Fort Calhoun – A Mixed Report Card

Lara Uselding
Public Affairs Officer, Region IV

nebraskaNRC inspectors held a public meeting in Omaha, Neb., on May 17, to share preliminary information from a recent restart readiness inspection at the Fort Calhoun Station, operated by the Omaha Public Power District (OPPD). The plant entered into the NRC’s increased oversight category in 2011 after it shut down for a refueling outage. The outage was extended due to historic Missouri River flooding followed by an electrical fire and other restart complications.

The meeting is one in a series we’re holding to keep the public informed. The 15-member team of inspectors looked at 169 out of more than 450 items that need to be resolved prior to the NRC making a decision on restart. The team recommended closing three of the 18 main categories known as the restart checklist. The three areas the team believes OPPD has appropriately addressed are third-party safety culture assessment, quality assurance, and integrated organizational effectiveness.

In essence, the plant’s officials have made improvements on some of the causes that led to the performance decline.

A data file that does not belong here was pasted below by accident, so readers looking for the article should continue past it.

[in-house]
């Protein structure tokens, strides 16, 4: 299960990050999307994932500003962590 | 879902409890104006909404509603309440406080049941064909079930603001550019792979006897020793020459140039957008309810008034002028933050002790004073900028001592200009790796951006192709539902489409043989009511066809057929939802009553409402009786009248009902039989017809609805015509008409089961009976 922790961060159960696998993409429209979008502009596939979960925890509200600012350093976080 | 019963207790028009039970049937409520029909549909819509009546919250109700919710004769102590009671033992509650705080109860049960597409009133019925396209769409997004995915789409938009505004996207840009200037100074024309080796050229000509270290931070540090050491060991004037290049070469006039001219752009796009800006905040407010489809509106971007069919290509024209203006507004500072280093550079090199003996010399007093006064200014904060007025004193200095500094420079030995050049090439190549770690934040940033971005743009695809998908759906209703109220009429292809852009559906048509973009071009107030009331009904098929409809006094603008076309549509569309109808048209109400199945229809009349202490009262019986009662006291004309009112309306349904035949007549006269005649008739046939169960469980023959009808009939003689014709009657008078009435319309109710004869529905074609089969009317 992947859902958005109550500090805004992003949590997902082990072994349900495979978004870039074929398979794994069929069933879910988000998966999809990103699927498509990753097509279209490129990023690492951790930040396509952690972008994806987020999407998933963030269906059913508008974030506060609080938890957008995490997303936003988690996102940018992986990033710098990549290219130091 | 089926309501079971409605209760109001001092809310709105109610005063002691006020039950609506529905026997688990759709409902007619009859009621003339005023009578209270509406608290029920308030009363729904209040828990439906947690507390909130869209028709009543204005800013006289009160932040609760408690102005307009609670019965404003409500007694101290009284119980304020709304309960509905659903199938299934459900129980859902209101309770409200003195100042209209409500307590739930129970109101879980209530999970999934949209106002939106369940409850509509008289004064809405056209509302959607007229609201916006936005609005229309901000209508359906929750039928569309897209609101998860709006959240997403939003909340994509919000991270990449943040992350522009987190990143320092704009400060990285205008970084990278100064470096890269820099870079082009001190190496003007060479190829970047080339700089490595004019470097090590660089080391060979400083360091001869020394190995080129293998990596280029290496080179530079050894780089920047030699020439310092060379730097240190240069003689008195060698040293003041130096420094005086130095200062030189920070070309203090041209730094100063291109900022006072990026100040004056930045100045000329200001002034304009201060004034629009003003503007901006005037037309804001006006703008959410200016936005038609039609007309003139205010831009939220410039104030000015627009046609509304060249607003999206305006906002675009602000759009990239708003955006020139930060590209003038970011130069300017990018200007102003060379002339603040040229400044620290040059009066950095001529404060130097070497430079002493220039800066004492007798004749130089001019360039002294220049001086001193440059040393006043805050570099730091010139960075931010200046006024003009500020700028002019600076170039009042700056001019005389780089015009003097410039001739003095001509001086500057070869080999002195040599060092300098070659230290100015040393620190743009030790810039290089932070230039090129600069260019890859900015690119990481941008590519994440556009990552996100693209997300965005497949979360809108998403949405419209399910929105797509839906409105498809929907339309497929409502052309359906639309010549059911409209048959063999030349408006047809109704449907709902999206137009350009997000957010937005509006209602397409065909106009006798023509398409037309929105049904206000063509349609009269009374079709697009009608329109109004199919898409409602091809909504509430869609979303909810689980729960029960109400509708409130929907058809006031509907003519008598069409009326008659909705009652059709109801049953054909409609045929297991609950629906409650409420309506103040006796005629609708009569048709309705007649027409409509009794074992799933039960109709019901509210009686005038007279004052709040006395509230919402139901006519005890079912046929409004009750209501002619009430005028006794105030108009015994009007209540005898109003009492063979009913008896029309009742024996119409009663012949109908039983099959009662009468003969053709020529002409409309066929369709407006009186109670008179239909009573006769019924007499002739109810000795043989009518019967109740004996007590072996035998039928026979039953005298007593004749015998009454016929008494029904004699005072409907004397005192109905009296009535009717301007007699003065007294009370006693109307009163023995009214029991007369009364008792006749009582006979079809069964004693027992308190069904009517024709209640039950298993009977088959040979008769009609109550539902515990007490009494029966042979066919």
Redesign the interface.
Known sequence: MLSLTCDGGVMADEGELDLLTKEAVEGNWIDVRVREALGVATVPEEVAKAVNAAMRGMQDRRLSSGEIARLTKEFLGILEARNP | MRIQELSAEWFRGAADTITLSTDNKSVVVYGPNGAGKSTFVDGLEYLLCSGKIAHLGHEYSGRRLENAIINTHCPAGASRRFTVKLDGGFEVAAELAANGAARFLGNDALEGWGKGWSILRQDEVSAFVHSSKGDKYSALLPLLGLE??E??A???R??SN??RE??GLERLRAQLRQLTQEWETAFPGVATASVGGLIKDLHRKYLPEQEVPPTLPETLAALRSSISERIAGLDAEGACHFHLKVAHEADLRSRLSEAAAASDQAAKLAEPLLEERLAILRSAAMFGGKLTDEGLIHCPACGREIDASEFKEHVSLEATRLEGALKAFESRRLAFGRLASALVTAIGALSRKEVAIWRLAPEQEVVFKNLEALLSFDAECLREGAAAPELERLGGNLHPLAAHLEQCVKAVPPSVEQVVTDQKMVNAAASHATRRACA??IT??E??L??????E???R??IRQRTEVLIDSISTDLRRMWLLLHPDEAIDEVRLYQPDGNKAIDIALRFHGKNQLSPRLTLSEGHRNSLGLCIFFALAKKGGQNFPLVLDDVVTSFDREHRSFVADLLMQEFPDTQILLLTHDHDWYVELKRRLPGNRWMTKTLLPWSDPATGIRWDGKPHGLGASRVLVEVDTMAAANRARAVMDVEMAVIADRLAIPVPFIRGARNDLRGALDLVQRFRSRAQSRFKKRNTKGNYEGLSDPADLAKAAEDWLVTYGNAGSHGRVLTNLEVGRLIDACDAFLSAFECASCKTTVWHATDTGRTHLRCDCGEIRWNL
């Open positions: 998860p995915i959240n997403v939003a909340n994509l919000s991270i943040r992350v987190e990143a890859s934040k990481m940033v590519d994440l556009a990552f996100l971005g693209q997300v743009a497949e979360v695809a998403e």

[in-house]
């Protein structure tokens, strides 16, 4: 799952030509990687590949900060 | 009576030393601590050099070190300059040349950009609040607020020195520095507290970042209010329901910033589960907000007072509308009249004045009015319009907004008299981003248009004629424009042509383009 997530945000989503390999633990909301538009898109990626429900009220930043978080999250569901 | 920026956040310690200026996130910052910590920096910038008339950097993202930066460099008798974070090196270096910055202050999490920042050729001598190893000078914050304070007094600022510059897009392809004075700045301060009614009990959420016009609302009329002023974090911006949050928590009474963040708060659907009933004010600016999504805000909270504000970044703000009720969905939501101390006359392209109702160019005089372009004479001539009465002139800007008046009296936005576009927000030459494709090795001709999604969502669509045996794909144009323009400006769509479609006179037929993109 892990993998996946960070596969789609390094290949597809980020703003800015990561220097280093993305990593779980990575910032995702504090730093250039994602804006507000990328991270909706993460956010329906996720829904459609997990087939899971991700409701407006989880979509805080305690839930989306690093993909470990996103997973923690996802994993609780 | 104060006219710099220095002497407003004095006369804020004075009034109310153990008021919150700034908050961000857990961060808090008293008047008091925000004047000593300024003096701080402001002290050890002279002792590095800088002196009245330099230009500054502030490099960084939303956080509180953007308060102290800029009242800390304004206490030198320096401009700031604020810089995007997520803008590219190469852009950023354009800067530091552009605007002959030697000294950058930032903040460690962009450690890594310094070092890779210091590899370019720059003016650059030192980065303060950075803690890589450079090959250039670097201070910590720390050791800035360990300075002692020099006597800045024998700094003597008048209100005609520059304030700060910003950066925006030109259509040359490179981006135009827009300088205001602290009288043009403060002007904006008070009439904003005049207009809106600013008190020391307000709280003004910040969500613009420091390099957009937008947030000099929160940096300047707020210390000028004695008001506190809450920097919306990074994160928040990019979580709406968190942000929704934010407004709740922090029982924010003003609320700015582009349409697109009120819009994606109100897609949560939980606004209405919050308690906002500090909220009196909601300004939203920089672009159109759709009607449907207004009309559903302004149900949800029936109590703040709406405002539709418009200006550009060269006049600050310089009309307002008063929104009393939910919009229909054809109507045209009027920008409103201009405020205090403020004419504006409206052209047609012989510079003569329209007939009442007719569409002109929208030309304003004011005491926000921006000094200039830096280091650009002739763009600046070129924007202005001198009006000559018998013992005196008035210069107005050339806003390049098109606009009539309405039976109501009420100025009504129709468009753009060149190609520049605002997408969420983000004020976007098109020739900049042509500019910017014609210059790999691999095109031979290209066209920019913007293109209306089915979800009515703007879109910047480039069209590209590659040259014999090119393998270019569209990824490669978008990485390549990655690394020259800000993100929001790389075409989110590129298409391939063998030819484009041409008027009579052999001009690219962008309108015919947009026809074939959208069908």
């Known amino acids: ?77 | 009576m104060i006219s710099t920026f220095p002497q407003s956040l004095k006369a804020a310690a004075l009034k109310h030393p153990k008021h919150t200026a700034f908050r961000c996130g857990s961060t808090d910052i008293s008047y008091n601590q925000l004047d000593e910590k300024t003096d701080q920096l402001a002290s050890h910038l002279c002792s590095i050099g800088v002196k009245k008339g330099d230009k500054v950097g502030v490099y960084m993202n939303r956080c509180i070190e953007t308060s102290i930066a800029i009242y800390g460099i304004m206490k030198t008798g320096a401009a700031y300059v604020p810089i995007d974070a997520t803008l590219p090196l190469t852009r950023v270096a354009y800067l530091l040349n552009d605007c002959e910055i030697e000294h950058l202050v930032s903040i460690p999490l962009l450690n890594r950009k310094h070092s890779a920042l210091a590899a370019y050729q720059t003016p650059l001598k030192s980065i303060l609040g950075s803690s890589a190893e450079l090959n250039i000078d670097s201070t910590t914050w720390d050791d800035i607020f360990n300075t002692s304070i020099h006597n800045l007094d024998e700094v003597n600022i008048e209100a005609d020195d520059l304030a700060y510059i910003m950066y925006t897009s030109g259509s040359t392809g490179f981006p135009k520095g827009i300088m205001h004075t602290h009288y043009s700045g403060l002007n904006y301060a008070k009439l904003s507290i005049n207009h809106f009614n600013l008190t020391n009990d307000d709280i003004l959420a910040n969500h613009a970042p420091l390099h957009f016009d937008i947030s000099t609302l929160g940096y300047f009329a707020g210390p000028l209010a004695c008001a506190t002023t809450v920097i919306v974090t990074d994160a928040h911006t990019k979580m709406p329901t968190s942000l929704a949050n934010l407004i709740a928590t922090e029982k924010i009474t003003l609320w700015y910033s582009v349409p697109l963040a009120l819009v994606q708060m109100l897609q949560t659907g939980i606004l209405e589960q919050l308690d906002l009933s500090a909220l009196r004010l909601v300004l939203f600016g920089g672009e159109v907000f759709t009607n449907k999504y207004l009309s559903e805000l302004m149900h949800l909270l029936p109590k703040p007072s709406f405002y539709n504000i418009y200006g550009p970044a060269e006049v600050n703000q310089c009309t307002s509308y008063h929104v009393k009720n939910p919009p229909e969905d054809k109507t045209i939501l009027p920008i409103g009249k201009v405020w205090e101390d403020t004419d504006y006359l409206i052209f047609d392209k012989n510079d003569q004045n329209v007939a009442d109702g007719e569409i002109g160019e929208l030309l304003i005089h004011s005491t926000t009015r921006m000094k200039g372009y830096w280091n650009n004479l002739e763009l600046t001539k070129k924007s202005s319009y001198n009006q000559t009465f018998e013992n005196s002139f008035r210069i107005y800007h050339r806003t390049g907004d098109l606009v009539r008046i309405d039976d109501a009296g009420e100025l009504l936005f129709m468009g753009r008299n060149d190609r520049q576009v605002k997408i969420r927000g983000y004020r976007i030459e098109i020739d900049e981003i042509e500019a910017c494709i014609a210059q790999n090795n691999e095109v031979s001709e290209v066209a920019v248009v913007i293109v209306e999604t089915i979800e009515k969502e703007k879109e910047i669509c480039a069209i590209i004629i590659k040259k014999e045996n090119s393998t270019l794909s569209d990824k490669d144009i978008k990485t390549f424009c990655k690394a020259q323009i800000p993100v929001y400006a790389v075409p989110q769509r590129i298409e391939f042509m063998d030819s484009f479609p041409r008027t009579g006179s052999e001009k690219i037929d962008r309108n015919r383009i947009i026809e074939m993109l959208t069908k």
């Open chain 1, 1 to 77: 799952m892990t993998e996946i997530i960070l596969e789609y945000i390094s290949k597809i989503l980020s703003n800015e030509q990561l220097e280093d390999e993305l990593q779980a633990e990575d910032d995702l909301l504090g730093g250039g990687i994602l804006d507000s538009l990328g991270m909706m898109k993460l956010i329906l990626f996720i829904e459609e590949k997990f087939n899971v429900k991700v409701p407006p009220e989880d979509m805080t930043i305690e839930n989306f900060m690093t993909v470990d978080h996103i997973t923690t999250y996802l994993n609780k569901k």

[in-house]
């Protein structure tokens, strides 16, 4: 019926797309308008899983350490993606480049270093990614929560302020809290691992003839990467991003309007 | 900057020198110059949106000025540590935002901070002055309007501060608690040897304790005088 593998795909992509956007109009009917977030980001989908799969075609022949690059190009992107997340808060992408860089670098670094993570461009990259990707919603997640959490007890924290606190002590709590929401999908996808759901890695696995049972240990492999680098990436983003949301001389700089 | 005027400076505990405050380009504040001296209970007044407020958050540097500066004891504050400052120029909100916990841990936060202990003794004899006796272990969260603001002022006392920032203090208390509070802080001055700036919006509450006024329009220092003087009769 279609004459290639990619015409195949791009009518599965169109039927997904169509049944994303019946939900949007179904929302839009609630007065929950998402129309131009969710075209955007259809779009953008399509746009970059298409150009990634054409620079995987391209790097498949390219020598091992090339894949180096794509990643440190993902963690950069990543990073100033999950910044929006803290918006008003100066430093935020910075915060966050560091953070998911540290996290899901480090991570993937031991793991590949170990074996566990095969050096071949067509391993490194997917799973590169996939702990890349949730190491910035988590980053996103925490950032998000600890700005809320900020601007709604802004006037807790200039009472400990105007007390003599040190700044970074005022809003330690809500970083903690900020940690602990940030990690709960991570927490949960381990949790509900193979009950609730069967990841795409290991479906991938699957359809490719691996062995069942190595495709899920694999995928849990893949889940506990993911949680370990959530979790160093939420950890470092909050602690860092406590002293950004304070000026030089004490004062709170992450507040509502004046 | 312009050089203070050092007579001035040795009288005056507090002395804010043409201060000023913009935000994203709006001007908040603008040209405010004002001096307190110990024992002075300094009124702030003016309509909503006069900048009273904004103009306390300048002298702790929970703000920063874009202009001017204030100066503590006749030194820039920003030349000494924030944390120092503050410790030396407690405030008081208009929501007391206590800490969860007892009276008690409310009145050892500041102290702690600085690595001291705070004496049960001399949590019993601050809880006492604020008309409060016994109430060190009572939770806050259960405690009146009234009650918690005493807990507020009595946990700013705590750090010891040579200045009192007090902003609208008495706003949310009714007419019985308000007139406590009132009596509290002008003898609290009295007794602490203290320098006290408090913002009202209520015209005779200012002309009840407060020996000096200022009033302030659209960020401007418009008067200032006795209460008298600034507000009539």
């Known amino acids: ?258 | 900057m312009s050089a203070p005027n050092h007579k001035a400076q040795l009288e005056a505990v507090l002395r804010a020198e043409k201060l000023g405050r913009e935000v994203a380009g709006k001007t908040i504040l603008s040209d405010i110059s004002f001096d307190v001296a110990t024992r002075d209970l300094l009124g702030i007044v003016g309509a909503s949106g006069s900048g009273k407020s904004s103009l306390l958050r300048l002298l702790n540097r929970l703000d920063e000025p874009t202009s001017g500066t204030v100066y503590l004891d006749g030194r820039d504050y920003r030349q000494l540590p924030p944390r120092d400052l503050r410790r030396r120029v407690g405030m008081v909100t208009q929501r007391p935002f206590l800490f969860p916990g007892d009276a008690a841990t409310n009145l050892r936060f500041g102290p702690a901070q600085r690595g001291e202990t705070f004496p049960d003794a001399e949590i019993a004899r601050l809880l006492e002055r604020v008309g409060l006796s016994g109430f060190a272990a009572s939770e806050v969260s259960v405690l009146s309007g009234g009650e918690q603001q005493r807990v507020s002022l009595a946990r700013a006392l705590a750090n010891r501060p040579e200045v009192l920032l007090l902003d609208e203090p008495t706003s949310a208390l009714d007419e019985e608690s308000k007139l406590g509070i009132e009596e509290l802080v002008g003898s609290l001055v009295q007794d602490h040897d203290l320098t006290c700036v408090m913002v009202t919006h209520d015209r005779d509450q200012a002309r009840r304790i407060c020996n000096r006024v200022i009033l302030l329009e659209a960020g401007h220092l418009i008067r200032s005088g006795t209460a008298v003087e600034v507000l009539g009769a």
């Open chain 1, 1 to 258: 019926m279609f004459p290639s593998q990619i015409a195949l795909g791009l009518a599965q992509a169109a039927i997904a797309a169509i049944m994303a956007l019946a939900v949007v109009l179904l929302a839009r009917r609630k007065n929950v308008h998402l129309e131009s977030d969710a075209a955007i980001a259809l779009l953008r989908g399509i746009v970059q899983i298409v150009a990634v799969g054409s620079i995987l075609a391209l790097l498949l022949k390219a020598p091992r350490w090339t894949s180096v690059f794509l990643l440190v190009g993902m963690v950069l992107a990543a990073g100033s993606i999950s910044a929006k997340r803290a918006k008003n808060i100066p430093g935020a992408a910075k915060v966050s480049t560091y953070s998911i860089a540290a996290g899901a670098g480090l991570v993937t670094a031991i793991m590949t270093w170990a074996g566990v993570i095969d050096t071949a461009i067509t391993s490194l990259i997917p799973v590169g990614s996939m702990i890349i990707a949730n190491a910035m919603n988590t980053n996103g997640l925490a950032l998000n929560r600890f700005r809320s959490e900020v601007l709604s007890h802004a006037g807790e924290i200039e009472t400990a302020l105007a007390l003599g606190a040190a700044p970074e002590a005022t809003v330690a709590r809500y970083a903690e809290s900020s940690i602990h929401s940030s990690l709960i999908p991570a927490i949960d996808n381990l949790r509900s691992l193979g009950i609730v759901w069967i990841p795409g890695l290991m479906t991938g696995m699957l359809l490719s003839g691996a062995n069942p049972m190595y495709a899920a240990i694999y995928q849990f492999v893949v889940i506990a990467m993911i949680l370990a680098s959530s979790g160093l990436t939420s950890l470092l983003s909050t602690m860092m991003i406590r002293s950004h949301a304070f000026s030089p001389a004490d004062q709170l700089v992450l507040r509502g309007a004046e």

It’s important to note that as the team prepared for the inspection and began its review of the 169 items, they identified that 66 of those items were not fully ready for inspection as plant management stated. That means NRC inspectors were only able to fully inspect 60 percent of the original scope and will go back for a follow-up inspection.

While OPPD has made progress, there is still a lot of work to be done. The team found the plant hadn’t done a good job of evaluating whether a discovered condition exists in other areas of the plant and then implementing actions to address it. Because of this, the NRC has determined a number of restart checklist items are not ready for closure. In addition, NRC inspectors identified new performance deficiencies. Those preliminary findings still need to be evaluated by NRC management and results will be documented in the team’s inspection report. The report will be issued within 45 days.

The NRC will conduct follow-up inspections to look at the remaining open performance areas and to determine if plant personnel, equipment, and processes are ready to support the safe restart and continued safe operation. There will be additional public meetings in the local area before any decision about restart.

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